Tables for
Volume F
Crystallography of biological macromolecules
Edited by M. G. Rossmann and E. Arnold

International Tables for Crystallography (2006). Vol. F, ch. 23.4, pp. 637-638   | 1 | 2 |

Section 23.4.5. The classic models: small proteins with high-resolution crystal structures

C. Mattosa* and D. Ringeb

aDepartment of Molecular and Structural Biochemistry, North Carolina State University, 128 Polk Hall, Raleigh, NC 02795, USA, and  bRosenstiel Basic Medical Sciences Research Center, Brandeis University, 415 South St, Waltham, MA 02254, USA
Correspondence e-mail:

23.4.5. The classic models: small proteins with high-resolution crystal structures

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Crambin and BPTI are among the handful of proteins for which X-ray crystal structures have been obtained to 1 Å resolution or better. In general, these proteins are relatively small (BPTI, the largest in this group, has 58 amino-acid residues) and often contain at least one disulfide bond. These high-resolution crystal structures have provided structural information beyond that available for larger proteins, particularly with respect to the surface solvent structure. Their small size renders their structures accessible by NMR techniques, making it possible to assess the effect of the crystal environment on the protein and water structure. Finally, the available detail and precision of the structures, as well as their small size, make them ideal models in computational studies of protein energetics and dynamics. Both crambin and BPTI were used during the pioneering years of protein molecular-dynamics calculations. In this section, special attention is given to crambin and BPTI as representative proteins for which very high resolution structures are available. Focus is on the features of solvent structure that are not available for other proteins. Crambin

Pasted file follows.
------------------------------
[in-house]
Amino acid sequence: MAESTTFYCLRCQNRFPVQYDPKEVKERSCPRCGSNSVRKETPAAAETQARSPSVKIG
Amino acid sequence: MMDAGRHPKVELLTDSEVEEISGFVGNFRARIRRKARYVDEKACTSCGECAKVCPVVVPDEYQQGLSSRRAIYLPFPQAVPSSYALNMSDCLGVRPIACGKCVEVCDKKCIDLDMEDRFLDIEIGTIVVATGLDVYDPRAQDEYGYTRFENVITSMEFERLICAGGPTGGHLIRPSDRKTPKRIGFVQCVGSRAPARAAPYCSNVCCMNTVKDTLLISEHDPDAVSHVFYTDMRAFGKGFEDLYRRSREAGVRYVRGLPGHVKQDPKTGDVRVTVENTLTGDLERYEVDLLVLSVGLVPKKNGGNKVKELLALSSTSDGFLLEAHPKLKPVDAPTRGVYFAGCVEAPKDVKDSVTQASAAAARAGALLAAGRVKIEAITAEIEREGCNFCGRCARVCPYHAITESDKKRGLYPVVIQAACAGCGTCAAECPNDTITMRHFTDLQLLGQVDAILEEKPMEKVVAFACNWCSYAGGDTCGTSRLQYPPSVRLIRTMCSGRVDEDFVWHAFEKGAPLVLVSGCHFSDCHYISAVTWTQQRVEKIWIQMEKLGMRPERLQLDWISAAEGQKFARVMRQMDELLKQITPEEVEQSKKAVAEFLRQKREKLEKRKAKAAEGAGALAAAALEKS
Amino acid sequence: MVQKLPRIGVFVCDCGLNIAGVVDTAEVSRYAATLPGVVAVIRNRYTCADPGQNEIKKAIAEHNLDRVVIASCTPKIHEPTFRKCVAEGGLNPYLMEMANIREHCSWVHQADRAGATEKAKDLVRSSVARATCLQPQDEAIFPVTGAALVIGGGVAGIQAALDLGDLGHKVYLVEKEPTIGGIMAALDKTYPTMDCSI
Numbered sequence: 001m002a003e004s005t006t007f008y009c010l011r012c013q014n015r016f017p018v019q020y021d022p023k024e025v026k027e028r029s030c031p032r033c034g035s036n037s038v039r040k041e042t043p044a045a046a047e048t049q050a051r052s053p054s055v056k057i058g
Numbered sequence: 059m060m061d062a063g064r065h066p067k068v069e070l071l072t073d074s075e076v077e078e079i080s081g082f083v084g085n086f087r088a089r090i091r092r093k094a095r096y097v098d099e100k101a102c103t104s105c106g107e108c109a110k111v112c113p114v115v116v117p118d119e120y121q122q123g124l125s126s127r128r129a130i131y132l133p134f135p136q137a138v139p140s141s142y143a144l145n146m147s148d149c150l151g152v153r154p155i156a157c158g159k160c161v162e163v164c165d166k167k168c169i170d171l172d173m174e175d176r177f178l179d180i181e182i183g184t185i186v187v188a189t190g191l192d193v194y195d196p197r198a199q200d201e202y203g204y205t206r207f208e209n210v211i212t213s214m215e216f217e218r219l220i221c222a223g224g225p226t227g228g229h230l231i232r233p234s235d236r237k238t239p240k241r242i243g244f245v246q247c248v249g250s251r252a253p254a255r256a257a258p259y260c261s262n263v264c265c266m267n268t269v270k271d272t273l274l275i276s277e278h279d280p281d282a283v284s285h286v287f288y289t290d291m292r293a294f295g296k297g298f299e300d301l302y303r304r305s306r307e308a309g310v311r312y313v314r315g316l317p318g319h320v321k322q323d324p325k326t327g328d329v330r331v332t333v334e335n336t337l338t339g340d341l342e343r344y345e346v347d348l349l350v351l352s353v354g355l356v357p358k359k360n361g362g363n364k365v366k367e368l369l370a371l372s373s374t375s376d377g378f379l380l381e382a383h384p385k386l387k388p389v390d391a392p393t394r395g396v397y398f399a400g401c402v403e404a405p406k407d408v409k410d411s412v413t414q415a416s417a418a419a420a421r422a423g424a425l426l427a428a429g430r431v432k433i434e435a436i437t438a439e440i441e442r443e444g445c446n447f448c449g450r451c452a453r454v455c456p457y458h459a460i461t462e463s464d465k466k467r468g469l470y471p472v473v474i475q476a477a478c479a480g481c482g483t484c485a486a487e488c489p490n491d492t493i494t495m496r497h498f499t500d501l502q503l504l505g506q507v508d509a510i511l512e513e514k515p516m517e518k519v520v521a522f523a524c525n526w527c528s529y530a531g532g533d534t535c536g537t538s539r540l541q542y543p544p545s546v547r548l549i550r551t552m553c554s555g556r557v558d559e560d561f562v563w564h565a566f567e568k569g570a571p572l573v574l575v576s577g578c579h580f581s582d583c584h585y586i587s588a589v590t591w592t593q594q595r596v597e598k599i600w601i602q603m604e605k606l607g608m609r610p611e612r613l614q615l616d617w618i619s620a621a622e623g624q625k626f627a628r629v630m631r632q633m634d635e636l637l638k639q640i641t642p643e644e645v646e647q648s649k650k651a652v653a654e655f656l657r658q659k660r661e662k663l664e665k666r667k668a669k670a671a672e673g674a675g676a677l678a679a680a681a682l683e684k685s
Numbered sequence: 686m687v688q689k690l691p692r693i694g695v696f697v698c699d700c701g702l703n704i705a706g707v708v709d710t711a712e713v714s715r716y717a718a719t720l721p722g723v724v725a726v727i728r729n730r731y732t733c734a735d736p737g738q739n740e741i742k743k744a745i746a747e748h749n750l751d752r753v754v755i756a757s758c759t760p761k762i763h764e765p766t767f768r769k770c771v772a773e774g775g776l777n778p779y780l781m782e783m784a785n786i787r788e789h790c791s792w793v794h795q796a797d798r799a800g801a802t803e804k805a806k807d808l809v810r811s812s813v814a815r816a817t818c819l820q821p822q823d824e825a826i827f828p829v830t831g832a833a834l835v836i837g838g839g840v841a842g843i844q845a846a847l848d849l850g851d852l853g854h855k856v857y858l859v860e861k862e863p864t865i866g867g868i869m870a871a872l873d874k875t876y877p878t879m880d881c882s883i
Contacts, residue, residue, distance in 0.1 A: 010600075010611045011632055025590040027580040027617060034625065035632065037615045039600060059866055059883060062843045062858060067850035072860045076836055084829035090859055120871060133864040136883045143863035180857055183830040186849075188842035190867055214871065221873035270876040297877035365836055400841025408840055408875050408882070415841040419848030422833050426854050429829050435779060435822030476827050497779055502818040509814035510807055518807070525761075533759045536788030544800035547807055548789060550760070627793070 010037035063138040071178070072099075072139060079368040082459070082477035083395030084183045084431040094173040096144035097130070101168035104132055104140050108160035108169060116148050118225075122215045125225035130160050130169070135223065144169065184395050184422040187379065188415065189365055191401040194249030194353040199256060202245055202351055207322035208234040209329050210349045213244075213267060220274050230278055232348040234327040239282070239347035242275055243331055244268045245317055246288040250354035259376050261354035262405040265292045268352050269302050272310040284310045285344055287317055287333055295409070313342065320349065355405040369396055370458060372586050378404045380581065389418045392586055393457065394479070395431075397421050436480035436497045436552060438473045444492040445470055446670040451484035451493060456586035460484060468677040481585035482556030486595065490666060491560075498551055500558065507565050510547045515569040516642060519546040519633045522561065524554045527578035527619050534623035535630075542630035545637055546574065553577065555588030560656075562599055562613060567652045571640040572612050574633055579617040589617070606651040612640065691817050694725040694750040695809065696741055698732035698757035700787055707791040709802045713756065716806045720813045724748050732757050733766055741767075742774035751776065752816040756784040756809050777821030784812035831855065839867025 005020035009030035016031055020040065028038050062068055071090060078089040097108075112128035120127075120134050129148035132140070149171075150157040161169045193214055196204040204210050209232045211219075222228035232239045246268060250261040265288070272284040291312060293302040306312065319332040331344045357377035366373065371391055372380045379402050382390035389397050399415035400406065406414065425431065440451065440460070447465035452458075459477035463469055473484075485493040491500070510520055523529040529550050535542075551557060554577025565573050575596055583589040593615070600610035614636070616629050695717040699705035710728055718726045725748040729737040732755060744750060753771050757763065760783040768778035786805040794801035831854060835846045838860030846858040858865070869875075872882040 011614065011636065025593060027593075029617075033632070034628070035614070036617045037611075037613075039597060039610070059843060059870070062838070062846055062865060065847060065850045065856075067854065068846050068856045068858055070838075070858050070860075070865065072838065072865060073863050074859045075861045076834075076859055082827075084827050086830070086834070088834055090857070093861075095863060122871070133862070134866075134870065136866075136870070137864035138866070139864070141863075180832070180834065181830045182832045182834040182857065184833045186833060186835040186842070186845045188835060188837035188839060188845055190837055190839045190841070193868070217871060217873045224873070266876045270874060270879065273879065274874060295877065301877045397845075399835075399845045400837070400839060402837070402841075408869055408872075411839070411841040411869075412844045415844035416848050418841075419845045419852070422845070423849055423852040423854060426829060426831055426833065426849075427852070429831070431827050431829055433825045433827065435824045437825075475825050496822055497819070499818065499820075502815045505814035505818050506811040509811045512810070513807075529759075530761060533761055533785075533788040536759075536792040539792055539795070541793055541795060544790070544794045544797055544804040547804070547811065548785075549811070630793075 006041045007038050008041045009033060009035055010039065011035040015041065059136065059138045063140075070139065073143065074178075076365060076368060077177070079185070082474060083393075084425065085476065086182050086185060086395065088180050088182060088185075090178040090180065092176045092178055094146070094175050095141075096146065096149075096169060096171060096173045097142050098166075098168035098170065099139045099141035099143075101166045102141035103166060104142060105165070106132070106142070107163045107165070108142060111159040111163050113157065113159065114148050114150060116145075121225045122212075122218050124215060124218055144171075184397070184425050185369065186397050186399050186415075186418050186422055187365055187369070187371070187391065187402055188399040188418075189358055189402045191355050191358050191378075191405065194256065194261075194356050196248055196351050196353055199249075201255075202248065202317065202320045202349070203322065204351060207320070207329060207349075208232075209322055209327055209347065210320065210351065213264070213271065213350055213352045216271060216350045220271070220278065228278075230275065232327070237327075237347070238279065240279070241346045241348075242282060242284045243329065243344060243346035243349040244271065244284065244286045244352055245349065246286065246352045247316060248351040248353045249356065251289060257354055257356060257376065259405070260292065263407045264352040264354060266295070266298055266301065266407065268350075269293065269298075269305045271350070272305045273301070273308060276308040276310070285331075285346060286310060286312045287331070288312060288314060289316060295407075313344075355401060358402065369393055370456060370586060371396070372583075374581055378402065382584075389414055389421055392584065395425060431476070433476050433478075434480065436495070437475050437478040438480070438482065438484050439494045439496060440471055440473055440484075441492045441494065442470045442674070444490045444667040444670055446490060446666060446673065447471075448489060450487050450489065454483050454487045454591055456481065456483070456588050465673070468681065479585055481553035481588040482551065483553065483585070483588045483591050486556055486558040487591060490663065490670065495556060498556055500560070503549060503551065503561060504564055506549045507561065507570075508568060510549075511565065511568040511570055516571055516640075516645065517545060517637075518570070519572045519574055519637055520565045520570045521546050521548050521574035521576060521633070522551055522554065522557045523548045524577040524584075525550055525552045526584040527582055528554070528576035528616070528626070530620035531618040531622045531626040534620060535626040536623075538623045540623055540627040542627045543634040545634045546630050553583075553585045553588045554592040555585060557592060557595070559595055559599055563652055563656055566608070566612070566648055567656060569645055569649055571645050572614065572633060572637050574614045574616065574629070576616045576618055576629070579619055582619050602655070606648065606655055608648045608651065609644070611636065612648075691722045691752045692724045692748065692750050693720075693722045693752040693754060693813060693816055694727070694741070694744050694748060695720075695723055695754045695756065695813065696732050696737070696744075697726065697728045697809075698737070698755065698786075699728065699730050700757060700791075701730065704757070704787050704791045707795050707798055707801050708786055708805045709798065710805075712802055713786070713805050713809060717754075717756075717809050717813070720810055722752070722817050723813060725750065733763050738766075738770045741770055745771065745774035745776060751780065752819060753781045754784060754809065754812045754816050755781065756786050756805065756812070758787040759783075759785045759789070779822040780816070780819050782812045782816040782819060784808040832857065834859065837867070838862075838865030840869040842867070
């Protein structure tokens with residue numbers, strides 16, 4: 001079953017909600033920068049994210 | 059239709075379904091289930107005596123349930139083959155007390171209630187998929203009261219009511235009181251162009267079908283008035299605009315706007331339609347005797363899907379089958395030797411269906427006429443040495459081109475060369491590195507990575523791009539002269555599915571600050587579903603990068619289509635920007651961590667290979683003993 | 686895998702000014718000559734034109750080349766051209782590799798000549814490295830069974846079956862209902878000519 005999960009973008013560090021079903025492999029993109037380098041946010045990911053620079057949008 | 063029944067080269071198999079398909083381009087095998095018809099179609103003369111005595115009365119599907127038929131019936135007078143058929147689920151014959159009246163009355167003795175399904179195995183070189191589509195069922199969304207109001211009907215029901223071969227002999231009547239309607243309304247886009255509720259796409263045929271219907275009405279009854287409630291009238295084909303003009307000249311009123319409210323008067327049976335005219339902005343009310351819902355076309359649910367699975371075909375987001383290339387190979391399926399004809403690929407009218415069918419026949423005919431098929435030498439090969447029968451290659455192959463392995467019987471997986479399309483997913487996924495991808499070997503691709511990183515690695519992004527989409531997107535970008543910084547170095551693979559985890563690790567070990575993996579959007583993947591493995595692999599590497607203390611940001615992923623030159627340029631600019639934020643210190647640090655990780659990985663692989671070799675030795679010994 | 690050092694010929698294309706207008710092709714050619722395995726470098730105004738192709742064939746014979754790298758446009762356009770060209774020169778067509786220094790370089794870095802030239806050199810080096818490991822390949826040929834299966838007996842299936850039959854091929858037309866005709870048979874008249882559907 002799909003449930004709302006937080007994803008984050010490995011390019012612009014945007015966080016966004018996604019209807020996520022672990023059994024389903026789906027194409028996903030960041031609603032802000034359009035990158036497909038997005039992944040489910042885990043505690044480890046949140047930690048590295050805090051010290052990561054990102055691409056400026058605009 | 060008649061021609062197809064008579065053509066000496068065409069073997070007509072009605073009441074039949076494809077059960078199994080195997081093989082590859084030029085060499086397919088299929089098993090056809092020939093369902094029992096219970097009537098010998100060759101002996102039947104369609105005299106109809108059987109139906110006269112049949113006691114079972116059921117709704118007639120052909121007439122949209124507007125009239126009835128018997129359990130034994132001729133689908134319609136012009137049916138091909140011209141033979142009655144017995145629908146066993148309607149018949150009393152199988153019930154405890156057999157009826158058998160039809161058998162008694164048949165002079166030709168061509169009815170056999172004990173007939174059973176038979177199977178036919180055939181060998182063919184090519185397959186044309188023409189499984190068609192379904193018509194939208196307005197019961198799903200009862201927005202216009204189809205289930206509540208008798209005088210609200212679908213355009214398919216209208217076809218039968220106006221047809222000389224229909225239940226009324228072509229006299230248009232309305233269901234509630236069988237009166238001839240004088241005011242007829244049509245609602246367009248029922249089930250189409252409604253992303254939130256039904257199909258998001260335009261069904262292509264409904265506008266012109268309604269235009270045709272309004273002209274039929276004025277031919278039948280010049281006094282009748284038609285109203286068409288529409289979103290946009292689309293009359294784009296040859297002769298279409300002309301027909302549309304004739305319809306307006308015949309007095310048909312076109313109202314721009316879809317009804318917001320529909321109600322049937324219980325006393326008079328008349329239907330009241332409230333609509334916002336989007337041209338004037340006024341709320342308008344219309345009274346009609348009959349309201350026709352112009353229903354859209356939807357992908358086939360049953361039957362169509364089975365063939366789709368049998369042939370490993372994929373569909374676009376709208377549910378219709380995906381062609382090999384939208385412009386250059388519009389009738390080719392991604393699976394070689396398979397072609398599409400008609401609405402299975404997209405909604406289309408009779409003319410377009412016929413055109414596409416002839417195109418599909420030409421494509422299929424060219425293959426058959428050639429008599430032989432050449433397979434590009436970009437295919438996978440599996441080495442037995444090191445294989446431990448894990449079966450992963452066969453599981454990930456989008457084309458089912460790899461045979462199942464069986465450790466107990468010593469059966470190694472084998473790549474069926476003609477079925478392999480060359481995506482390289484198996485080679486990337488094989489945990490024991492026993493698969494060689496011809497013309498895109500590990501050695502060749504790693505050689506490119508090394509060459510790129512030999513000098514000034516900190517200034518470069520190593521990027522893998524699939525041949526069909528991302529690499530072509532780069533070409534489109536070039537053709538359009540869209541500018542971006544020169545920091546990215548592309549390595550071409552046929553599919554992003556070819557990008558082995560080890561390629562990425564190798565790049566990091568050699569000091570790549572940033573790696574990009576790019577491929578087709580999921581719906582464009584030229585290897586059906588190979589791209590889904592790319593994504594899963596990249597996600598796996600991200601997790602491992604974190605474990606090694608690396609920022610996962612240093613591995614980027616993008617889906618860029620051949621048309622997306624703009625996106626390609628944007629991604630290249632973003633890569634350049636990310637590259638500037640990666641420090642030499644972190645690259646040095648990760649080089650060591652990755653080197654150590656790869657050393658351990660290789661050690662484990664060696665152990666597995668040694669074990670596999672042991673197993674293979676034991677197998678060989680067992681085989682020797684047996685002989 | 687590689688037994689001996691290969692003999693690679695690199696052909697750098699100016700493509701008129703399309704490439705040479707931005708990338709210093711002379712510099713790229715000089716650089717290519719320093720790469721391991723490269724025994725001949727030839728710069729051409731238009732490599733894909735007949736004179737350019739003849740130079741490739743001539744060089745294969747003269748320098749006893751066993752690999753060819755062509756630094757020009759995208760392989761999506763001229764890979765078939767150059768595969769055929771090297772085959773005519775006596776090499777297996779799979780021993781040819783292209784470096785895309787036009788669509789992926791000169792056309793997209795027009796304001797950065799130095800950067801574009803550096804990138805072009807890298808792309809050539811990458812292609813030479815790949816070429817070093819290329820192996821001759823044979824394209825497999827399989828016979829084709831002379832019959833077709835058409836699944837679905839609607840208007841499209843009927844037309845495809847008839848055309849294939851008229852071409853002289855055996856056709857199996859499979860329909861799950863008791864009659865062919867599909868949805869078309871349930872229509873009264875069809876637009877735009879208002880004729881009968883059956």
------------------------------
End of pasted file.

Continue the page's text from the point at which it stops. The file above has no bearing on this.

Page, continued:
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Crambin is a plant-seed hydrophobic protein of unknown function. It contains 46 amino-acid residues and was reported to form crystals that diffract to 0.88 Å resolution (Teeter & Hendrickson, 1979[link]). The crystal structure of crambin was determined to 0.945 Å resolution directly from anomalous scattering by the six sulfur atoms involved in three disulfide bonds (Hendrickson & Teeter, 1981[link]). Crambin is an amphipathic molecule in that the hydrophilic components (including six charged groups) are segregated from a mainly hydrophobic surface.

A total of 64 water molecules and two ethanol molecules were located in the electron-density map, despite the fact that the structure was determined in 60% ethanol. The overwhelming number of water molecules compared to ethanol is consistent with the results of the multiple-solvent crystal structures experiments described above for elastase (Mattos & Ringe, 1996[link]).

Most of the 64 water molecules found in crambin interact with polar side chains in the typical manner described previously. The unusual information about solvent structure offered by the crambin model is that the arrangement of water molecules around hydrophobic residues is similar to that observed for clathrate hydrate structures (Teeter, 1991[link]). Pentagonal water rings are observed to cap the Cδ2 atom of Leu18 as well as the hydrophobic methylene groups of Arg17 (Teeter, 1984[link], 1991[link]). The set of five connected water rings is shown in Fig.[link]. This ring cluster extends toward the protein, forming heterocyclic rings that are described in detail in the original article (Teeter, 1984[link]).


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van der Waals surface diagram of the water pentagons A, C, D and E in crambin viewed in the negative a direction. Rings A, C and E form a cap around leucine 18. Hydrophobic atoms are shown as dark circles, and water oxygens are shown as light circles. The methyl group of leucine 18 can be seen through the C ring. Adjacent translationally related molecules are shaded. The van der Waals radii used for the protein C, N and O atoms are 1.7, 1.4 and 1.4 Å, respectively, and for water oxygen, 1.8 Å. The larger radius is used for the water oxygens because hydrogen atoms have been omitted. Reprinted with the permission of the author from Teeter (1984[link]).